PORT BLAIR, India: India and Japan are in talks to collaborate on upgrading civilian infrastructure in the Andaman and Nicobar Islands, an Indian archipelago seen as a critical asset to counter China's efforts to expand its maritime reach into the Indian Ocean.
The first project being discussed is a modest one - a 15-megawatt diesel power plant on South Andaman Island, as described in a proposal submitted late last month to the Japanese Ministry of Foreign Affairs.
But the collaboration signals a significant policy shift for India, which has not previously accepted offers of foreign investment on the archipelago. The Andaman and Nicobar Islands are northwest of the Strait of Malacca, offering control of a so-called choke point that is one of China's greatest marine vulnerabilities.
It is also testimony to the unfolding relationship between India and Japan, which is also funding a $744 million road building project in the northeastern Indian border regions of Mizoram, Assam and Meghalaya. Like the Andaman and Nicobar chain, the northeastern region is a strategic area that has remained relatively undeveloped because of its separation from the mainland.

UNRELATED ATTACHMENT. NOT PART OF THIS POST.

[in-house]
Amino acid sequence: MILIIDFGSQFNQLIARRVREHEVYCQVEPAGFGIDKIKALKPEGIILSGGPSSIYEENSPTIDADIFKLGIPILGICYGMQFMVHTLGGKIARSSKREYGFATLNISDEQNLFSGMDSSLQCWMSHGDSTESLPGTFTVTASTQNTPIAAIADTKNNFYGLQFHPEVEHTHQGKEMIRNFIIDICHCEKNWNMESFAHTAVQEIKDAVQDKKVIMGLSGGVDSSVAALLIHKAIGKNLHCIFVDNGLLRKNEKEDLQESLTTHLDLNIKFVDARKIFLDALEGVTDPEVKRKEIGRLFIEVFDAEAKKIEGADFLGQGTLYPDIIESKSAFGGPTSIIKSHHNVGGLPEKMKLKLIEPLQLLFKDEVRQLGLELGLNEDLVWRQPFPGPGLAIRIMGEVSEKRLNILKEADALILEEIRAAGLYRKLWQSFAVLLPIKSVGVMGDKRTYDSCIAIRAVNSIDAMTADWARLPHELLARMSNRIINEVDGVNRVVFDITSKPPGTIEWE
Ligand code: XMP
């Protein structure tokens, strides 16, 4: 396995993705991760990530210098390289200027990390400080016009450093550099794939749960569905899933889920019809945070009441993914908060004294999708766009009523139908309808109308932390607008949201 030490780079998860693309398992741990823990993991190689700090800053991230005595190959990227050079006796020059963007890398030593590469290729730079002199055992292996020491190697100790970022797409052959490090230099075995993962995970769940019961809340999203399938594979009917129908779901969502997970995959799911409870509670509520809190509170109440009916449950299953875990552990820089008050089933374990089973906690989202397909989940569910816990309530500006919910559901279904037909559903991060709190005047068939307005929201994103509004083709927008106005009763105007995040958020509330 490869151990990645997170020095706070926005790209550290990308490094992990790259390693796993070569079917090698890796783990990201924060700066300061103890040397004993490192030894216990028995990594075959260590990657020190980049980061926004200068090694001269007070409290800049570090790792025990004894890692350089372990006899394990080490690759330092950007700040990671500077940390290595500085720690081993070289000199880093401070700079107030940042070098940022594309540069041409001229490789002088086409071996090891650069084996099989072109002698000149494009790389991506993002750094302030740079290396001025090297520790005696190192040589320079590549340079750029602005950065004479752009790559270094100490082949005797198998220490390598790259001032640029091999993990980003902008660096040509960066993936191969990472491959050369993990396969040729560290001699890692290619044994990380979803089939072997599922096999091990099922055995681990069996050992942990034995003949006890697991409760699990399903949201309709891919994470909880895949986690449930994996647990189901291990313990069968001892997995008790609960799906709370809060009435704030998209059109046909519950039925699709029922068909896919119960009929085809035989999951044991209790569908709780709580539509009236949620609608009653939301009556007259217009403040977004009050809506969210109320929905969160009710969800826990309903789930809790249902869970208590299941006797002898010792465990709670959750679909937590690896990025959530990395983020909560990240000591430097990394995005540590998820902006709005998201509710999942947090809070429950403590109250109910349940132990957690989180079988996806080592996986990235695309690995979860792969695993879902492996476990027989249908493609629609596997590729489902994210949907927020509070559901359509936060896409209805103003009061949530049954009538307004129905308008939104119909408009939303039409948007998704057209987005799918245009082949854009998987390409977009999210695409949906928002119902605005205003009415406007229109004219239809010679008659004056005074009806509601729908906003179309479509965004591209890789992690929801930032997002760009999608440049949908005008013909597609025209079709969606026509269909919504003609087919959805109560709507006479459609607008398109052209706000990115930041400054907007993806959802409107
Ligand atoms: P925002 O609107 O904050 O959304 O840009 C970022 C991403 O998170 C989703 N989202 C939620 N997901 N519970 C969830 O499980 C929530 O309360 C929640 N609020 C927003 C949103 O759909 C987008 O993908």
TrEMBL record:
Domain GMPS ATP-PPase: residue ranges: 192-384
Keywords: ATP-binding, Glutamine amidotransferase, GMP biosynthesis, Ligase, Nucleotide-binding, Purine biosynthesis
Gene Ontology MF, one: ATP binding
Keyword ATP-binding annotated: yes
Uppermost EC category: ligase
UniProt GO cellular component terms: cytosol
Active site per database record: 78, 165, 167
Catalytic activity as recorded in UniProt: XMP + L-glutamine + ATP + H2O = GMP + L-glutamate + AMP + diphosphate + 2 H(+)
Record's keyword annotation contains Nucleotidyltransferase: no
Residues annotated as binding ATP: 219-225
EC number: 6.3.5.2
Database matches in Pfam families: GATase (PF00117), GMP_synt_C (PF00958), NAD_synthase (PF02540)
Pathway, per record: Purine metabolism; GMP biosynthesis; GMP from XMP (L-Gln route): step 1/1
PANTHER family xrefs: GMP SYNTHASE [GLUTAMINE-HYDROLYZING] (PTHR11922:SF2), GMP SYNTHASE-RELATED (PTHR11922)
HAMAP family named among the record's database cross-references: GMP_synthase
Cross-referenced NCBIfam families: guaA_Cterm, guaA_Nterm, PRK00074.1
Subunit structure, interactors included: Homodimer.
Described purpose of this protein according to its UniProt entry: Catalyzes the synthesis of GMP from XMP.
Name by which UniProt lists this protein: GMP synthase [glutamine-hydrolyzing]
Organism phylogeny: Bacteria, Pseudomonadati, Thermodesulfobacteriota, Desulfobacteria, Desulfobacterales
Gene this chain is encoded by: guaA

Japan's marshaling of official development assistance in the region has drawn less attention than the effort that China calls "One Belt, One Road," a network of roads, railways and ports intended to link China to the rest of Asia and to Europe. But it fits logically into the web of strategic projects taking shape as Prime Minister Narendra Modi of India enters into closer relationships with Japan, Australia and the United States, as well as regional powers like Vietnam, to counter China's growing influence.
A senior Indian official, who spoke on the condition of anonymity to discuss internal deliberations, said that China's project would be answered by "a more decentralized, local but organic response." The official described proposed infrastructure projects in the Andamans as "not of a big scale, and not of a big value," but added that New Delhi is intent on developing its "frontier" regions.
Japan's vision for contributions in the island chain goes far beyond the proposed power plant. The plan was submitted in Tokyo more than a year after Japan's ambassador made a visit to Port Blair on South Andaman Island and, in a meeting with the territory's top official, offered financing for "bridges and ports."
The Andaman and Nicobar chain is made up of 572 islands, all but 34 of them uninhabited, stretching around 470 miles north to south.
The islands' importance has increased along with China's naval expansion. The chain's location makes it an ideal base for tracking naval movements in the Strait of Malacca, a long, narrow funnel between Malaysia and Indonesia.
© 2016, The New York Times News Service
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